The most common means of determining installation torque is consulting a reference table. These tables suggest torque based on the size and grade of fastener. The simplest and most common basis for calculating installation torque is T=KDF.
Therefore, for a given diameter (D) and grade of fastener, assumptions need to be made as to the torque-tension coefficient (K), and the force generated by that bolt tension (F). These assumptions are usually stated in tables, and are commonly K=0.2 and F = 75 percent of proof load (the minimum load resulting in bolt yield).
So, unless a K factor specific to the actual material and finish is used, a single torque value is judged universal for all applications of a given fastener size and grade. This is, of course, too simplistic when the cost of joint failure is high and market demands require highly reliable and efficient designs. However, most bolted joints enter production with installation torque based on these textbook estimates.
The objective of this column is to provide engineers with a path to improved torque selection within a reasonable budget and allocation of resources. Let’s first identify the primary limitation of the reference table. While T=KDF ignores a number of issues, the largest error results from not having accurate values for the torque-tension coefficient K.
We can avoid using this unpredictable value if we don’t need to estimate bolt tension. Because bolt tension (rather than torque) is the quantity that determines the performance of a given joint, this might appear foolish. However, the objective is to achieve better results than with use of reference tables, and the approach described here can accomplish this by measuring torque only. It is based on the assumption that one wants to achieve the greatest clamp load that wouldn’t cause the clamped components or the fastener to yield.
Figure 1 depicts a typical torque vs. angle of rotation trace for a normal hard joint where the fastener threads into a tapped hole or free-running nut. This is often referred to as a “torque-angle to failure” trace. The segment of greatest interest, C-D, is defined as the endpoints of a straight line aligned to the trace. That the trace follows a straight line indicates that the increase in resistance for a given angle of turn is constant. In other words, the joint is behaving in an elastic manner.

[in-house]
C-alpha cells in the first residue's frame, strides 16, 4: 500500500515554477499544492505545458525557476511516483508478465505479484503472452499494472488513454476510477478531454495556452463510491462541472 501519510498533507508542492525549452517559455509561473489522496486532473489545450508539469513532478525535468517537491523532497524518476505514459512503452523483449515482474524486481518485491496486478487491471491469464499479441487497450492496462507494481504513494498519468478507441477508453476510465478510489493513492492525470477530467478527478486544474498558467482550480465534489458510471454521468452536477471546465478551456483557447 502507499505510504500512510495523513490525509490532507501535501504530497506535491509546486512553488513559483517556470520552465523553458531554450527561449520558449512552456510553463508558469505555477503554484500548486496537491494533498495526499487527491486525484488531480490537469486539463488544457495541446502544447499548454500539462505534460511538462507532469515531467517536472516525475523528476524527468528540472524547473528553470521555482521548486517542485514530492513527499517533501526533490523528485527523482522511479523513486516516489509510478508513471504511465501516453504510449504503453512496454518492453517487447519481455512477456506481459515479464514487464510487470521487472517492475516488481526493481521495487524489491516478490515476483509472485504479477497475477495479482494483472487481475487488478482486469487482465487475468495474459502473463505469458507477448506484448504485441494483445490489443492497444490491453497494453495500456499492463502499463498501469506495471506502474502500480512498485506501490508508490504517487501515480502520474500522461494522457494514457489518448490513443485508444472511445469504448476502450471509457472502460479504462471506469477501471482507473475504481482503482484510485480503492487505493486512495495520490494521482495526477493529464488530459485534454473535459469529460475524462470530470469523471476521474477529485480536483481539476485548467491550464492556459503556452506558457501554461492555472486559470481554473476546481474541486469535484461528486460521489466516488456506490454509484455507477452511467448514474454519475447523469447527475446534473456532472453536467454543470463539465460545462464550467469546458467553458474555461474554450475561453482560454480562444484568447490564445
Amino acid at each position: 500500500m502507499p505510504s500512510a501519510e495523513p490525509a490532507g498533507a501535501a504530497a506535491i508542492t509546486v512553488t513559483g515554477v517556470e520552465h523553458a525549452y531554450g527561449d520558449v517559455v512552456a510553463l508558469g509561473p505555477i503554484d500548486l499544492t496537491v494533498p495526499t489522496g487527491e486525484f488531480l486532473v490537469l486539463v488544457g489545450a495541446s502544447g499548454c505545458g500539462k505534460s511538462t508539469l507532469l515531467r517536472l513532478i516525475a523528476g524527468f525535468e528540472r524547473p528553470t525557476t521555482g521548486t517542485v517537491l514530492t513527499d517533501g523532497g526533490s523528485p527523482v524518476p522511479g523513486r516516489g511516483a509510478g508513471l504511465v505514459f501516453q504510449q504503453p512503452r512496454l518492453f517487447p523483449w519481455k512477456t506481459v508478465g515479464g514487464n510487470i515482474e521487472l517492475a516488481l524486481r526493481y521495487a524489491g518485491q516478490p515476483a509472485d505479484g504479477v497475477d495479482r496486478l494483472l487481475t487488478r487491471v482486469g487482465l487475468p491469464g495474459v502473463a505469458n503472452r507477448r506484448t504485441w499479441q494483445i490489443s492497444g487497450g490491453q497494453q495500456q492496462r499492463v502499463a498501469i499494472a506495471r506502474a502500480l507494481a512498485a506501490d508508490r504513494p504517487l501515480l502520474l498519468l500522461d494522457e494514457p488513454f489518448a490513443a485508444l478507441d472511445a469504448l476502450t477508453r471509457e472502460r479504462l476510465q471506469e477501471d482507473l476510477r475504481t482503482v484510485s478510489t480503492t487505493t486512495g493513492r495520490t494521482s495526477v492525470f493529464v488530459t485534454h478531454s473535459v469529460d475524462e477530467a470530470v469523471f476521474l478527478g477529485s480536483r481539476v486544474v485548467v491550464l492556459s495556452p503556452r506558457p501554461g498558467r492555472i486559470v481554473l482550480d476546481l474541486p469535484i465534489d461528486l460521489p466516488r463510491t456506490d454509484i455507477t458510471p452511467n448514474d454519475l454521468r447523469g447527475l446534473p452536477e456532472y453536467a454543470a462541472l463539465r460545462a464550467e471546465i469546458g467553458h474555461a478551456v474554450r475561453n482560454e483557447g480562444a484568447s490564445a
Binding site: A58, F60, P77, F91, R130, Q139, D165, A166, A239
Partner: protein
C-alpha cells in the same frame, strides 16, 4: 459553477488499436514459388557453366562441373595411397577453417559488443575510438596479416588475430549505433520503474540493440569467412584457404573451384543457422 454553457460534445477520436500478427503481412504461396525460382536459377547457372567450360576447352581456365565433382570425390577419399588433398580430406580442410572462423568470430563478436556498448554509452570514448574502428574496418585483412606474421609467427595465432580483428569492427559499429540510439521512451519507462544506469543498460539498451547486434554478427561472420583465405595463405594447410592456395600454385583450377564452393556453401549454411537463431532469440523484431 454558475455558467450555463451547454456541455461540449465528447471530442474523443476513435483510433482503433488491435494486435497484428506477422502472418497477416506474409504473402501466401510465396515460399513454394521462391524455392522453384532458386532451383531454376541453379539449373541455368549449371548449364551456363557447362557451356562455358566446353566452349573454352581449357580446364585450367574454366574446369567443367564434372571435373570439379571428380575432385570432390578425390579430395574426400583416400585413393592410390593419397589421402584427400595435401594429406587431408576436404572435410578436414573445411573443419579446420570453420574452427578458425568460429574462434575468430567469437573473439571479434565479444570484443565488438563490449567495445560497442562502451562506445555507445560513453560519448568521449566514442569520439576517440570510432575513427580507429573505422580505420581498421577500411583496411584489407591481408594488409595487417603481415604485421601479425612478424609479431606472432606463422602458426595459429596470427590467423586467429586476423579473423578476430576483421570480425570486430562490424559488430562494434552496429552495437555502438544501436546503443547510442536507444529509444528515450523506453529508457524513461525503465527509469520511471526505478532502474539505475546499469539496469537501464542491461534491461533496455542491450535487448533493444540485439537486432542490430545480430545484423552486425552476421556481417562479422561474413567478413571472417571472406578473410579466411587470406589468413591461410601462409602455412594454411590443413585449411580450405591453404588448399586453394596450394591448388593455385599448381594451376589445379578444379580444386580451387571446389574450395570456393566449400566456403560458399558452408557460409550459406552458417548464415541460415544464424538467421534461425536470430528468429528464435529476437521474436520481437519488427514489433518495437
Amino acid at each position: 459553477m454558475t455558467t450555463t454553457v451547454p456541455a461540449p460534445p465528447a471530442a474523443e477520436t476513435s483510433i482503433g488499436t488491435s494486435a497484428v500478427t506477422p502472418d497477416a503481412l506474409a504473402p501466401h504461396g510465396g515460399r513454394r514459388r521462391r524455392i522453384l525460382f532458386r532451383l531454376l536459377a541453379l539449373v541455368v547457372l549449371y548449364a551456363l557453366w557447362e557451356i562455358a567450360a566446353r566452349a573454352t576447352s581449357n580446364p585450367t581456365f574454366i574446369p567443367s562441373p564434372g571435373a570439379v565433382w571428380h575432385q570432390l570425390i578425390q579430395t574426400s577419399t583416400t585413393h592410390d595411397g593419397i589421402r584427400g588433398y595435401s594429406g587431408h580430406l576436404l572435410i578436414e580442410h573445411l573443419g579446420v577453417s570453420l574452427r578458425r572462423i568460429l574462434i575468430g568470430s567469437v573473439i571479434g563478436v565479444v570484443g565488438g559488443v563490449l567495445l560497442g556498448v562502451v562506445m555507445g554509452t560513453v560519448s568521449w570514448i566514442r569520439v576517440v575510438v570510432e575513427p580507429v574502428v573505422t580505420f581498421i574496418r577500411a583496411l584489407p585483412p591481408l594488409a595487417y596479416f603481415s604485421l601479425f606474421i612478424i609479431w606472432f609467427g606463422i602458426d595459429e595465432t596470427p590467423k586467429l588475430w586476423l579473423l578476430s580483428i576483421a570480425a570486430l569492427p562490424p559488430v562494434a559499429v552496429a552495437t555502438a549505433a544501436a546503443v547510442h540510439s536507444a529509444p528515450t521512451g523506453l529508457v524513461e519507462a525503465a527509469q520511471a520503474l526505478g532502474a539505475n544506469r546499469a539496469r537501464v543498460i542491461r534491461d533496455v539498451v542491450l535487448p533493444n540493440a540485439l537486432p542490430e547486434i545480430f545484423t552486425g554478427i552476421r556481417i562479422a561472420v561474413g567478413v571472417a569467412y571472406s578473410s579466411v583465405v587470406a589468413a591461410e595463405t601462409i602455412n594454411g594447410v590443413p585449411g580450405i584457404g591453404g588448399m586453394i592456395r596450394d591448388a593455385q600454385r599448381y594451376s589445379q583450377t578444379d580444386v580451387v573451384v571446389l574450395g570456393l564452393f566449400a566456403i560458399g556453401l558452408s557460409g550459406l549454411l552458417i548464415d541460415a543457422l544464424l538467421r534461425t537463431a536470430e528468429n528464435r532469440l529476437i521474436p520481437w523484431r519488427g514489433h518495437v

To meet our goal of maximizing clamp load, we need to make sure the maximum allowable installation torque does not exceed point D or fall below point C, allowing for statistical variation in each point. Note that point D is not always determined by the start of bolt yield, but rather by compressive yield of the joint members.
The most common cause is high stress under the bolt head or nut due to the small area. An indication of this is when the ratio of yield to peak torque is much less than the ratio of the bolt’s yield to tensile strength. It is not important that the element determining point D is known when the yield of any joint component during tightening is not desirable, as is usually the case.
While the ability to interpret the torque-angle trace is required, so is knowledge of how to generate it. The most basic hardware needs are a torque transducer and a data acquisition device that can graph the output of the torque sensor continuously during tightening.
Unless it can be assured that the bolt is being turned a constant speed throughout the test with a constant speed motor, the torque sensor will also need to provide angle measurement so the trace’s slope will not be influenced by variation in the speed of rotation. Two options are a socket transducer installed in-line between socket and wrench or motor, or a digital torque wrench with graphing and angle measurement capability. A